An ongoing struggle in the finding appropriate community-based residential settings for people with developmental disabilities is, unfortunately, resistance from other residents of the communities. In 1985, this issue reached the U.S. Supreme Court. The Court invalidated the requirement imposed by the City of Cleburne, Texas, that the operator of a proposed group home for 13 men and women with developmental disabilities obtain a ‘special use permit,’ holding that this requirement violated the Equal Protection Clause of the Fourteenth Amendment.

The Court rejected the argument that people with developmental disabilities were a ‘suspect class’, subjecting the City’s actions to “strict scrutiny.” Nonetheless, the Court held, the Equal Protection Clause demands that whenever legislation classifies a group of citizens differently from other citizens, the government must establish at least a “rational relationship” between the reason for the unequal treatment and the means used to address whatever the problem was the government was trying to address.

The City categorized the proposed group home as requiring a special use permit as required for “[h]ospitals for the insane or feebleminded, or alcoholic [sic] or drug addicts, or penal or correctional institutions.”[1] Such permits were not required for apartment houses, fraternity houses, or nursing homes. The Court found unconvincing the reasons the City of Cleburne offered for requiring such a permit. They rejected reasons such as the fears of neighboring property owners and elderly residents, and the possibility that students at a nearby school would harass the residents.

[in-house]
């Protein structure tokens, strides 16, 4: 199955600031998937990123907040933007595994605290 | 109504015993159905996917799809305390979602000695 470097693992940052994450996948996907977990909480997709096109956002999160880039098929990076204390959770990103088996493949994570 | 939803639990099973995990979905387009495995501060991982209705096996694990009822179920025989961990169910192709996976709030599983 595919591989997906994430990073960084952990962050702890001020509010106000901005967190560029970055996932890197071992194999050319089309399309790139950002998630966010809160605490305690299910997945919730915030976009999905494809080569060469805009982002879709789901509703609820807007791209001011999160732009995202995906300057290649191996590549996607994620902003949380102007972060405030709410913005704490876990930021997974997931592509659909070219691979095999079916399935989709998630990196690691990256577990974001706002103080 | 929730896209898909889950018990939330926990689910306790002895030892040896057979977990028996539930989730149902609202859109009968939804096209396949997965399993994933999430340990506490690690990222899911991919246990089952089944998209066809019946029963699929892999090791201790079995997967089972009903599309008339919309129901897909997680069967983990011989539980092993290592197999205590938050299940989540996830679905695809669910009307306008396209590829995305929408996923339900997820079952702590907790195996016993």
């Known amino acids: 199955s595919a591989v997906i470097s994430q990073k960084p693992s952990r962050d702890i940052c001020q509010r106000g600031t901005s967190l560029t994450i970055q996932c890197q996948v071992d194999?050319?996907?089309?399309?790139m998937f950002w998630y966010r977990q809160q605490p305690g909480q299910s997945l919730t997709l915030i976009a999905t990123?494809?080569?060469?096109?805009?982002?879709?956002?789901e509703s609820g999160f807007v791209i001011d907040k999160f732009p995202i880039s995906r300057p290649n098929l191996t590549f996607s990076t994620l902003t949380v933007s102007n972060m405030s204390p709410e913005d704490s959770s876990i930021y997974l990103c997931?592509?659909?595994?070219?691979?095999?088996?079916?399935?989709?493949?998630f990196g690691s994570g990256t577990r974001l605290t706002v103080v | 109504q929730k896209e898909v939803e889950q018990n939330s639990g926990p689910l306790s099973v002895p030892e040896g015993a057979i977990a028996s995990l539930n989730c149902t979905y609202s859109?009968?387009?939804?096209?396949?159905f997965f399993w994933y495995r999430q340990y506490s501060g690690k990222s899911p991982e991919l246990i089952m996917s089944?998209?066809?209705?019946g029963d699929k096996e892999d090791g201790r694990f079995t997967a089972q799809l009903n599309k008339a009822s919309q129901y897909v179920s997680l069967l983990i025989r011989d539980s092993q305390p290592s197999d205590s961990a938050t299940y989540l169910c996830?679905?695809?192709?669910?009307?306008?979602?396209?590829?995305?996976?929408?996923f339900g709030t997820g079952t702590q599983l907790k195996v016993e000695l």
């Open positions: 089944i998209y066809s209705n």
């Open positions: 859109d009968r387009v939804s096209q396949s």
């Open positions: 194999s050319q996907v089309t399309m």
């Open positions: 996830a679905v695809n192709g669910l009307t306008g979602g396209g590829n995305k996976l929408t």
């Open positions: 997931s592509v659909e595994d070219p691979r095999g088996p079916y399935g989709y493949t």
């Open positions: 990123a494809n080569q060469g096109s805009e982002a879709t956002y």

The Court wrote, “mere negative attitudes, or fear, unsubstantiated by factors which are properly cognizable in a zoning proceeding, are not permissible bases for treating a home for the mentally retarded differently from apartment houses, multiple dwellings, and the like.”[2] The Court also rejected reasons based on the fact that the home was located in a 500-year flood plain, and a residential neighborhood, ruling that these objections would be equally applicable to apartment buildings, nursing homes, and fraternities, none of which are required to obtain such a special use permit.

The Court thus concluded that “requiring the permit in this case appears to us to rest on an irrational prejudice against the mentally retarded.”[3] The requirement as applied to the proposed residence was thus invalidated as a violation of the Equal Protection Clause of the Fourteenth Amendment.

City of Cleburne Resources and References

Articles and Other Secondary Sources

Jeanette M. Bourey, Cleburne Living Center v. City of Cleburne: The Irrational Relationship of Mental Retardation to Zoning Objectives, 19 The John Marshall Law Review 469, 1986.

Thomas F. Guernsey, The Mentally Retarded and Private Restrictive Covenants, 25 Wm. & Mary L. Rev.421 (1983)

Annette E. Skinner, Expanding the Quasi Suspect Class to Include Mentally Retarded Persons: Cleburne Living Center v. City of Cleburne, 18 Akron Law Review 141 (1984)

John, D. Wilson, Cleburne: An Evolutionary Step in Equal Protection Analysis, 46 Md. L. Rev. 163 (1986)

Legal Resources and Documents

City of Cleburne v. Cleburne Living Center, Inc., 473 U.S. 432 (1985)


City Of West Monroe V. Ouachita Association For Retarded Children, Inc., 402 So.2d 259 (2d Circ.1981)

Macon Ass’n for Retarded Citizens v. Macon-Bibb County Planning and Zoning Com’n, 252 Ga. 484 (Ga. 1984)

  1. ^City of Cleburne, Tex. v. Cleburne Living Center, 473 U.S. 432, 436 (1985).
  2. ^Id. at 448
  3. ^Id. at 450